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The Garden Guy: A Heart to Heart Handoff with Caladium of the Year

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By Norman Winter | Horticulturist, Author, Speaker

This time of the year you see stories not only looking back at 2023 but, of course, the prognostications for 2024. This is fun to do in the gardening world, too. For instance, the Proven Winners ‘Caladium of the Year’ for 2023 was Heart to Heart Scarlet Flame. This was an eye-opener for a lot of gardeners.

You see we think of caladiums in two basic types or forms, fancy leaves and strap leaves. Fancy leaves are large, heart or semi-heart shaped. Strap or lance-leaves are narrow, some ruffled, and generally shorter. So, this has led many gardeners to choose sides, as in bigger is better.
Scarlet Flame, the 2023 Caladium of the Year, is a strap-leaved selection and won our hearts with the number of leaves produced, vibrancy of color and the ability to work in mixes or partnerships most of us have never dreamed about.

I’ll never forget the combination with Blue Mohawk rush and Sweet Caroline Medusa Green ornamental sweet potato. It is also a caladium for sun or shade. Those of us who paid attention, will never roll our eyes at the suggestion of a strap-leaved variety again.

To read more, pick up a copy of the March issue of NTFR magazine. To subscribe by mail, call 940-872-5922.

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The Garden Guy

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By Norman Winter | Horticulturist, Author, Speaker

As a national garden writer, I can tell the trumpet call has gone out for the long summer ahead. This is a call for petunias, summer’s favorite flowers, and they are trumpet shaped, of course. This call is also one of panic as I hear it in the voices of gardeners saying, “I can’t find my bubblegums.”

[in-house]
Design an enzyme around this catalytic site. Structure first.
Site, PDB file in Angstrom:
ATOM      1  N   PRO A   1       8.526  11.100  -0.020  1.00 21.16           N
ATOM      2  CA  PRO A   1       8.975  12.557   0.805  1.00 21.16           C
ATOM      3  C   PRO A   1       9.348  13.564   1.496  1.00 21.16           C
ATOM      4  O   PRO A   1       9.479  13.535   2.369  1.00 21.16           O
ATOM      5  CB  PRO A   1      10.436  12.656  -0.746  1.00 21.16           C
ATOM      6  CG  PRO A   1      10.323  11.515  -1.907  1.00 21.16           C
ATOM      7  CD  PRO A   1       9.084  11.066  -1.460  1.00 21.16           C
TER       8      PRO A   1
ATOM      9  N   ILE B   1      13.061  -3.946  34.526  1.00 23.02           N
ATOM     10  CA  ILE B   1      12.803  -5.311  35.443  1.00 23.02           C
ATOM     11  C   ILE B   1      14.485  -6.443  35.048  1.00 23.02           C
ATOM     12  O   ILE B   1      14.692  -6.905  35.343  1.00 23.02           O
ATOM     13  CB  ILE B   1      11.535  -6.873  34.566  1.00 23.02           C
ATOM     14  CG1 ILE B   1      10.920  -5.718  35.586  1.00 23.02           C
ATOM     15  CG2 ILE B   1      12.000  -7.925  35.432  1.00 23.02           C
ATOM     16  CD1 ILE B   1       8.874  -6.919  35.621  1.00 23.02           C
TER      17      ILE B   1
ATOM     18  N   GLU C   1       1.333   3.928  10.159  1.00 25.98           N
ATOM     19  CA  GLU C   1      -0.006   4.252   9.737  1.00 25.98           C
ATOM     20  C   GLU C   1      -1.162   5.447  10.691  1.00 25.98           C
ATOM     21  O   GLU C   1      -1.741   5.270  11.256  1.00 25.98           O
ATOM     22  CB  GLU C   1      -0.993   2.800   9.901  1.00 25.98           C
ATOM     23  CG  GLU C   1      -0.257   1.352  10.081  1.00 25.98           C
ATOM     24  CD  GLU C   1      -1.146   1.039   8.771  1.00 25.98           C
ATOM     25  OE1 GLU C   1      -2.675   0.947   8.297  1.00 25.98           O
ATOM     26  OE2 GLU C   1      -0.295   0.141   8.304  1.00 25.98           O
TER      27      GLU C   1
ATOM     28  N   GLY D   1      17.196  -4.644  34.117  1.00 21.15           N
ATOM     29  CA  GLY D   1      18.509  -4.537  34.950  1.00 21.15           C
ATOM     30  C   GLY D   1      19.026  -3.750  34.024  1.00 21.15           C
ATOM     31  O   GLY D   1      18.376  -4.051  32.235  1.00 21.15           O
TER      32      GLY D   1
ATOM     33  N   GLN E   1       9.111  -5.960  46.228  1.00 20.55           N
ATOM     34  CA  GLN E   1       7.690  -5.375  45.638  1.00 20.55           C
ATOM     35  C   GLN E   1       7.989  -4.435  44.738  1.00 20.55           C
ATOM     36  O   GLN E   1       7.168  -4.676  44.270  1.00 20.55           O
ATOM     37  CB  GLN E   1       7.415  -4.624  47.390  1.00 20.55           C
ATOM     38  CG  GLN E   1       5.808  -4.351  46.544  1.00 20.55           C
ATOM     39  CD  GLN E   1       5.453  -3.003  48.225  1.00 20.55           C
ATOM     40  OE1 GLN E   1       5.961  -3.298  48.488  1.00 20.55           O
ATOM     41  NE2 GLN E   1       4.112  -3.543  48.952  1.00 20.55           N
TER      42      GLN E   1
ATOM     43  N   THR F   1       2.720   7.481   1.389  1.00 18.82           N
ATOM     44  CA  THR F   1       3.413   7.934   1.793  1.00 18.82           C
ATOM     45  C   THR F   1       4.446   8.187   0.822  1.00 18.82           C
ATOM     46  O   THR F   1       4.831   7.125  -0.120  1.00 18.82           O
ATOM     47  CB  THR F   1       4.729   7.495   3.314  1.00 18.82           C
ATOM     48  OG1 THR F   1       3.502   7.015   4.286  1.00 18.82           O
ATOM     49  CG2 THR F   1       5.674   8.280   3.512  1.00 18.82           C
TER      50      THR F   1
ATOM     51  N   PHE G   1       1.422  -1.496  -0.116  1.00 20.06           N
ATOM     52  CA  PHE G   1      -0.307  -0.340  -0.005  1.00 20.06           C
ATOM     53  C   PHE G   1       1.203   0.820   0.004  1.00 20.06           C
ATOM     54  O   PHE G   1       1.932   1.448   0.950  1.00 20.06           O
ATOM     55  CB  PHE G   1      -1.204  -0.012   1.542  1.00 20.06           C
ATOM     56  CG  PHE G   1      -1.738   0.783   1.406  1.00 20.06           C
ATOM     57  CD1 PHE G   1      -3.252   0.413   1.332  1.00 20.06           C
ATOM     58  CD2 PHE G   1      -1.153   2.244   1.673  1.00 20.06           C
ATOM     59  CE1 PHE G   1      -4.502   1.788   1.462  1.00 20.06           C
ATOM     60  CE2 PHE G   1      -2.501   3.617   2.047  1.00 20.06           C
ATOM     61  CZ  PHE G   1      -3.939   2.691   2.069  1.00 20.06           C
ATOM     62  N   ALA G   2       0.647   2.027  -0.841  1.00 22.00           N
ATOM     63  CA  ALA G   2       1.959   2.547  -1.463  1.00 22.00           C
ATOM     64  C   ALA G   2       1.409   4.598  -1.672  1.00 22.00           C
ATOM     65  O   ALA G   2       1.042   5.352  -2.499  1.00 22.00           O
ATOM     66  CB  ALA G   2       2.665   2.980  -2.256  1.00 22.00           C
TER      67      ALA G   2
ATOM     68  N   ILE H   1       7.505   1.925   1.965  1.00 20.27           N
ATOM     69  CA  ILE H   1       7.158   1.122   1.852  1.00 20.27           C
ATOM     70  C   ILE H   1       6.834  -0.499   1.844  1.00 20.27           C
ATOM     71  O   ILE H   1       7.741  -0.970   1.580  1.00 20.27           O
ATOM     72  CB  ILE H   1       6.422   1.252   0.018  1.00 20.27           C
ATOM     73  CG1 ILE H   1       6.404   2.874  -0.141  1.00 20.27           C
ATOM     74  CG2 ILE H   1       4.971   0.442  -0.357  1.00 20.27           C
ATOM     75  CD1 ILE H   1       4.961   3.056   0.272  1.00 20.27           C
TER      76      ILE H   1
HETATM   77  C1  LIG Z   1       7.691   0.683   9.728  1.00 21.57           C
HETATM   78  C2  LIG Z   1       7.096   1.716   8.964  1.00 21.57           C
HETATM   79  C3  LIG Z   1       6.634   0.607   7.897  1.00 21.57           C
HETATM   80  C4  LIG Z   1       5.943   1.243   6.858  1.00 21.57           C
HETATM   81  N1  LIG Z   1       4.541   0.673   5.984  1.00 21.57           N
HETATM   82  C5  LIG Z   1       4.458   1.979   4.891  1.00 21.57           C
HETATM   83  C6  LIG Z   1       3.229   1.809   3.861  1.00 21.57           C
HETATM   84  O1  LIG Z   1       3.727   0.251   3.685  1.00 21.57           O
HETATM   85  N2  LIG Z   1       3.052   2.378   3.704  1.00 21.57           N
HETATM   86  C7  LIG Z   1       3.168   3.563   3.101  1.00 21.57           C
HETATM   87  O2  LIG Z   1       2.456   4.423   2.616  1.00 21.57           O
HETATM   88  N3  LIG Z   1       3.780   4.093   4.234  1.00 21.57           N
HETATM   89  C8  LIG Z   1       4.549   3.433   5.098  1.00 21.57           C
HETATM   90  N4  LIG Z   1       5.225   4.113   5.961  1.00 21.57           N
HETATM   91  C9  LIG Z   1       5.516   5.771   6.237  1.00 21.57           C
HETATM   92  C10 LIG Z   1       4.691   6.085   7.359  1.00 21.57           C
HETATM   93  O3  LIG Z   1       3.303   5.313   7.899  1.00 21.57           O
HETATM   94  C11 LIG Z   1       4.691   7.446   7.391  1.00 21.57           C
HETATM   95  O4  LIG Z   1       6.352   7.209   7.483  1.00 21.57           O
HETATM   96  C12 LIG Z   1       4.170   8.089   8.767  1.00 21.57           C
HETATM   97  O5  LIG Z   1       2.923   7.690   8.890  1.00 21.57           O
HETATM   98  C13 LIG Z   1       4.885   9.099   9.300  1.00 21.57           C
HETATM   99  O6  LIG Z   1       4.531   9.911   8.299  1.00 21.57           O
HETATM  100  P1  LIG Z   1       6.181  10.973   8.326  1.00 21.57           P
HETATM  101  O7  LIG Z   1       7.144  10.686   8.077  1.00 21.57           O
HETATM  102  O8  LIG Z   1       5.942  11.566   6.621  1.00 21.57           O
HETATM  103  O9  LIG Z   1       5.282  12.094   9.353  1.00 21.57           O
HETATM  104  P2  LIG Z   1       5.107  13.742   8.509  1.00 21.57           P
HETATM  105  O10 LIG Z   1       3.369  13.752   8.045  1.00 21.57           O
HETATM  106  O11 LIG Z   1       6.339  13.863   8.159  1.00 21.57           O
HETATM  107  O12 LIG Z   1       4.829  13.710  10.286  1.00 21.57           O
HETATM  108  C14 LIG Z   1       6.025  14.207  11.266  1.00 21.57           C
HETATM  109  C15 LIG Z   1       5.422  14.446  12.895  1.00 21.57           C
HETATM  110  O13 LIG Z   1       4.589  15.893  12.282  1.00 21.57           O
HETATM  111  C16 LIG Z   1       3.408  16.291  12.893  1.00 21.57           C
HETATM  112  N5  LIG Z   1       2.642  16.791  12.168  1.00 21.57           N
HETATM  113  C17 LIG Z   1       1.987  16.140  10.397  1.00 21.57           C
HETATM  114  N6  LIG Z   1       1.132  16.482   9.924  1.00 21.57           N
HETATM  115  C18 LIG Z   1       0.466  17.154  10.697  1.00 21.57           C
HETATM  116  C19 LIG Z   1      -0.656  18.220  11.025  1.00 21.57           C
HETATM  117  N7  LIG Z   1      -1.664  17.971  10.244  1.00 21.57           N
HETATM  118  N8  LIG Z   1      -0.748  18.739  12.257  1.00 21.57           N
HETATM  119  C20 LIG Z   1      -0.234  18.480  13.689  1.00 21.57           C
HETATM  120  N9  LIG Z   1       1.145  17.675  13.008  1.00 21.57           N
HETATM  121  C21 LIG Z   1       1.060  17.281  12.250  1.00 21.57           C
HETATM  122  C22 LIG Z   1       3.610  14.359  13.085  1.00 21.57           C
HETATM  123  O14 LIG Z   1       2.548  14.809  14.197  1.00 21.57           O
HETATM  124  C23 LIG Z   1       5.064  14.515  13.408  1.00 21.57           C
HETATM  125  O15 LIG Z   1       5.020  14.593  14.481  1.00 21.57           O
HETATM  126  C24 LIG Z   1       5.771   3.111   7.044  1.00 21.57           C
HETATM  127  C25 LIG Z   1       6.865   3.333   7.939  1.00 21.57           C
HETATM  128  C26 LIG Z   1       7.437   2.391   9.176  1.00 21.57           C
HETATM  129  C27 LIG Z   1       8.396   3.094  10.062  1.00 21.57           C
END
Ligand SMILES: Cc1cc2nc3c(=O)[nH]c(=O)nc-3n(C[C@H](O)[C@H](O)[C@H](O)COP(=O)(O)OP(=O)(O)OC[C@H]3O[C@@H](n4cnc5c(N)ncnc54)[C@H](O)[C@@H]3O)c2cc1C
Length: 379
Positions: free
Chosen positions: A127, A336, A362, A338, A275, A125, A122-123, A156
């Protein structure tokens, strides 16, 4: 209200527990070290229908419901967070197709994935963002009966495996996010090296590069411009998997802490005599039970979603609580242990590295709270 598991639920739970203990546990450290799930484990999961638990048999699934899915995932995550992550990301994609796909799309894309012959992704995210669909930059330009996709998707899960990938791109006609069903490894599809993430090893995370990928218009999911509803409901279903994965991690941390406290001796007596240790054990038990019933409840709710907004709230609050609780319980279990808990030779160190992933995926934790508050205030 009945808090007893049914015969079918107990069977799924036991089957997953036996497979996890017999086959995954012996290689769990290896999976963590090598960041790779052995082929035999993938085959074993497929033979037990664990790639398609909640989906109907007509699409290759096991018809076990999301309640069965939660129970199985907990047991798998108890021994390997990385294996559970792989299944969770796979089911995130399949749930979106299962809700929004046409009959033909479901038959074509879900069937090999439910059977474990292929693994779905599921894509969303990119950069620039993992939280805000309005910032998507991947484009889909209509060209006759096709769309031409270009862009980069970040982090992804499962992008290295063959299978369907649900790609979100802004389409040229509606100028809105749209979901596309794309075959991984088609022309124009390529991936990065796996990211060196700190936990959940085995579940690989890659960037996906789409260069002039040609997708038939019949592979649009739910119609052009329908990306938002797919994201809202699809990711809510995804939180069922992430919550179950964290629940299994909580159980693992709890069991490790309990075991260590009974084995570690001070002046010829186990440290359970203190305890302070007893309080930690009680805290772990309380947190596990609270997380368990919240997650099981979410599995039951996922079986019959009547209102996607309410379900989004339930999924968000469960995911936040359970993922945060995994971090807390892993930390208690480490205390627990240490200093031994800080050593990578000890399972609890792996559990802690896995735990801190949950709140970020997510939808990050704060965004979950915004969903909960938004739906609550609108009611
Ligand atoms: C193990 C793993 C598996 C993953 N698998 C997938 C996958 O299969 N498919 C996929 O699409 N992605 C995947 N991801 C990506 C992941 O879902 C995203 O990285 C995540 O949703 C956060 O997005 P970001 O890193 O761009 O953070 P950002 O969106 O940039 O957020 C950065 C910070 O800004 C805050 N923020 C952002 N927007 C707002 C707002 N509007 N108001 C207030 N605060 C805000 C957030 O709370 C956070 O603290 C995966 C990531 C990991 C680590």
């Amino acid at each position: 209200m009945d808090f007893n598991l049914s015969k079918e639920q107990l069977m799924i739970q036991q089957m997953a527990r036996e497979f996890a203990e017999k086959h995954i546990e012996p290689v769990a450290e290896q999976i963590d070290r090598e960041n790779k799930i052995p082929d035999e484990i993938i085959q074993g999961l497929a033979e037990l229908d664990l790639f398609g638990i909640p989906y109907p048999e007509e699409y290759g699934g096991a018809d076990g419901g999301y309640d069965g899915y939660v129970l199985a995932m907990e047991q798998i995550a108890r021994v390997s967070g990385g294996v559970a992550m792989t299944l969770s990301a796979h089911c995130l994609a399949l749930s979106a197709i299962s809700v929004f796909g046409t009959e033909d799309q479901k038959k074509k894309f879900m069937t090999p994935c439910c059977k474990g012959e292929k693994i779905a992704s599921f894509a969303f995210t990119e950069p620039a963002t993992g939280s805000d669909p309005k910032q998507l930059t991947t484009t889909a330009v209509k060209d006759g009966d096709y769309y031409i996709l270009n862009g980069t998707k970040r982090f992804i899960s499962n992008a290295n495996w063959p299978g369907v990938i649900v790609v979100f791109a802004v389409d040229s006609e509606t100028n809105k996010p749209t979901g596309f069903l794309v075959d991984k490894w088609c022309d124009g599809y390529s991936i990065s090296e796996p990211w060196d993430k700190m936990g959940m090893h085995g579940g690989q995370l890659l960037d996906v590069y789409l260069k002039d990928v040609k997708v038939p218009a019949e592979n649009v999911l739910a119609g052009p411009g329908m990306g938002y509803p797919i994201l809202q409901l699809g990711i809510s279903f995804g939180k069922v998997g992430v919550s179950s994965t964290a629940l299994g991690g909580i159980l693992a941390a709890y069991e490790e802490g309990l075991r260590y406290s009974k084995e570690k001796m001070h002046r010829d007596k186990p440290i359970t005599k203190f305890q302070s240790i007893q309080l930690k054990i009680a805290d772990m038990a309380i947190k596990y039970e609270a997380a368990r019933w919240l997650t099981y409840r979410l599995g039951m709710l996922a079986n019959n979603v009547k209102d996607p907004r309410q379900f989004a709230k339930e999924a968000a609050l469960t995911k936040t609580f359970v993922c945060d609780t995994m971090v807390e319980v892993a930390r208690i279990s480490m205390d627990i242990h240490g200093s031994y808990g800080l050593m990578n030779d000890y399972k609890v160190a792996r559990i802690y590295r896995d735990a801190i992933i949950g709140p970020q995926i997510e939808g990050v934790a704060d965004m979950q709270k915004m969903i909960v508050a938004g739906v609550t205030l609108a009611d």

This means they can’t find their Supertunia Vista Bubblegum petunias. There is little doubt this is the most awarded petunia of all time. You can count them, 296 awards filling 10 pages. Bubblegums and all of the Supertunias, are among the most awarded flowers available to gardeners. By awards I’m referring to rigorous university trials in both the United States and Canada.

You want to get them planted now while the temperatures are mild over much of the country and acclimation is nice and easy. Even in the south it is a great time to plant before triple digit heat indexes are the norm. Planting now will give you the longest time to enjoy a Supertunia Summer Celebration. You want to plant now because everyone is ready for season color and shopping at the local garden center is among the stiffest competition. Hence the panic over Bubblegums.

To read more, pick up a copy of the July issue of NTFR magazine. To subscribe by mail, call 940-872-5922.

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Parting Shot: Big Shoes to Fill

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By Jelly Cocanougher

It starts with absorbing how to drive on old ranch roads. The beat-up pickup that has run a million miles and is somehow still hanging on – almost always with some quirks to it. I remember holding a passenger truck door closed with a rope, checking on pastures. I remember being at a farm auction baffling a half a dozen men starting a raggedy old feed truck with a scrawny wire you had to jiggle. Feet dangling trying to reach the pedals of a sketchy old truck, navigating the dirt roads with a cold Dr. Pepper and chocolate bar.

You inherit your grand daddy’s oversized gloves that are way too big to avoid pinching your fingers. From observing and acquiring the wisdom from delivering babies, mending fences, checking out water gaps, to doctoring and holding the iron that holds your generational brand. Raising the next generation right – in the dirt and absorbing how the world works.

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Parting Shot: Harvesting Resilience, The Timeless Strength of Agriculture

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By Jelly Cocanougher

He stands smiling next to a loaded trailer of cattle, a poignant snapshot of ranchers in their day-to-day activities. He is absorbed into the generational rich legacy of agriculturally based professions, with grueling hours that have poured in from the livelihood of this lifestyle.
As the heavy clouds loom in the horizon, he remains unfazed, ready to weather any challenge that comes his way. Fueled by passion and in cadence, information that has been developed from generations before him or us all, we are the backbone of agricultural communities.

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